Rio Pueblo de Taos

The Rio Pueblo de Taos, also known as Rio Pueblo, is a stream in Taos County, New Mexico, United States, that a tributary of the Rio Grande. From its source in the Sangre de Cristo Mountains it flows about 33 miles (53 km),[3] generally south and west, to join the Rio Grande in the Rio Grande Gorge. On the way the river passes by Taos and through Taos Pueblo.[5]

Rio Pueblo de Taos
Rio Pueblo, Taos Creek
Rio Pueblo de Taos at Taos Pueblo,
CountryUnited States
StateNew Mexico
Physical characteristics
SourceBlue Lake
 • locationTaos Mountains
 • coordinates36°32′35″N 105°22′27″W / 36.54306°N 105.37417°W / 36.54306; -105.37417[1]
 • elevation11,312 ft (3,448 m)[2]
MouthRio Grande
 • location
Rio Grande Gorge
 • coordinates
36°20′21″N 105°43′50″W / 36.33917°N 105.73056°W / 36.33917; -105.73056Coordinates: 36°20′21″N 105°43′50″W / 36.33917°N 105.73056°W / 36.33917; -105.73056[1]
 • elevation
6,066 ft (1,849 m)[1]
Length33 mi (53 km)[3]
Basin size380 sq mi (980 km2)[4]
 • locationUSGS gage 08276300, 5 miles above mouth[4]
 • average61.2 cu ft/s (1.73 m3/s)[4]
 • minimum0.01 cu ft/s (0.00028 m3/s)
 • maximum2,380 cu ft/s (67 m3/s)


Photograph of the North Pueblo at Taos, across Rio Pueblo de Taos, by Edward S. Curtis, circa 1925

The Rio Pueblo de Taos originates at Blue Lake, about 2 miles (3.2 km) southeast of Wheeler Peak, the highest mountain in New Mexico. Several headwater tributaries drain the south and east slopes of Old Mike Peak, Lew Wallace Peak, and Red Dome. The river flows south for about 5 miles (8.0 km), then turns west. It is joined by La Junta Creek from the south, then Buffalo Grass Creek from the north. After flowing west for about 5 miles (8.0 km), and just downstream from the mouths of Frijoles Canyon on the north and Palo Encebado Canyon on the south, the Rio Pueblo de Taos abruptly leaves the mountains. Within a mile the river passes through the center of Taos Pueblo, then turns to flow southwest to the Rio Grande, passing just north of the town of Taos. The river's entire upper course in the mountains is within the Pueblo de Taos Indian Reservation.[5]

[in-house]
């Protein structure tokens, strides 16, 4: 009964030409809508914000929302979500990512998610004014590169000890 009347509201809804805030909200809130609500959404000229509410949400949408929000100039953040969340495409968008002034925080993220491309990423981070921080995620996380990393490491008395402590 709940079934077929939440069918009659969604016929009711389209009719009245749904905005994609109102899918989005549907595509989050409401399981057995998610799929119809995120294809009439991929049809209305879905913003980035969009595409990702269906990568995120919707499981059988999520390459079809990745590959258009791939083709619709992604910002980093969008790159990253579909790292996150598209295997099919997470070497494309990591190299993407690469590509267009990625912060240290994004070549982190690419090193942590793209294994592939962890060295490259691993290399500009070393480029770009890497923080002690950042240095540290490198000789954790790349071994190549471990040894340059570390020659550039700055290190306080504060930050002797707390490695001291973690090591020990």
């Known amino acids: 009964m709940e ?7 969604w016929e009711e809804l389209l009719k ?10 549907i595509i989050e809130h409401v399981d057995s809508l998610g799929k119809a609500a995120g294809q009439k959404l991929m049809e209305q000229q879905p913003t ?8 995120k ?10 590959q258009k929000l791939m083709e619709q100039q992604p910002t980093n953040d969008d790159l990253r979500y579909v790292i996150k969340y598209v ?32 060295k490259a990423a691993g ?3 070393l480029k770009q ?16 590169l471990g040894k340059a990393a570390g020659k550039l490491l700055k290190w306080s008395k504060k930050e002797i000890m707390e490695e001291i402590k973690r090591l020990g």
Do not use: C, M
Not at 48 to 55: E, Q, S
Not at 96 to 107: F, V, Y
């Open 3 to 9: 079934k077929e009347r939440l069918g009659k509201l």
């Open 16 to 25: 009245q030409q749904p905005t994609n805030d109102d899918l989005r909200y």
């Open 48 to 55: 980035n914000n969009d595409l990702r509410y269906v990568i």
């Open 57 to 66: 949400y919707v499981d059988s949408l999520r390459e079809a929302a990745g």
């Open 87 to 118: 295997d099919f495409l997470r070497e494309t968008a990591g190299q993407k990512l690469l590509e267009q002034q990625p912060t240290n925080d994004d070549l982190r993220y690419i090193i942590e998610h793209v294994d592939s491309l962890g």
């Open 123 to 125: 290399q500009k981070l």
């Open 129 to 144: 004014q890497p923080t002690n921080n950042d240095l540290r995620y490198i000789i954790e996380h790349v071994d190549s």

Near Taos the Rio Lucero joins the Rio Pueblo de Taos from the north, after which the river flows by the historic Martinez Hacienda. Shortly below that the Rio Fernando de Taos joins from the south, after which the Rio Pueblo de Taos enters Taos Canyon.[6] It is joined by Rio Grande del Rancho, which flows from the south through Ranchos de Taos, Arroyo Seco, from the north, then Arroyo del Alamo, from the south, after which it reaches the Rio Grande in the Rio Grande Gorge a few miles south of the Rio Grande Gorge Bridge.[5] New Mexico State Road 570 crosses the Rio Grande via the Taos Junction Bridge just below its confluence with the Rio Pueblo de Taos. The area is part of the Orilla Verde Recreation Area.[7]


In addition to Rio Pueblo de Taos and Rio Pueblo, the stream has been known by various other names, including Rio Taos, Taos Creek, Pueblo Creek, Ialap'aijpaana, Ja'lapa, Kipawai, T'awi'impo, and T'awipo.[1]

See alsoEdit


  1. ^ a b c d U.S. Geological Survey Geographic Names Information System: Rio Pueblo de Taos
  2. ^ USGS topographic maps
  3. ^ a b Calculated in Google Earth
  4. ^ a b c "Water resources data for the United States, Water Year 2009; gage 08276300 Rio Pueblo de Taos below Los Cordovas, NM" (PDF). USGS. Retrieved 20 July 2010.
  5. ^ a b c General course info from USGS topographic maps
  6. ^ Phillips, Anna M. (2019-12-31). "Trump's plans to strip clean water protections leave New Mexico fearing pollution and health risks". Los Angeles Times. Retrieved 2020-01-02.
  7. ^ "Taos Valley Overlook Project and Management Plan" (PDF). Bureau of Land Management. Retrieved 22 July 2010.

External linksEdit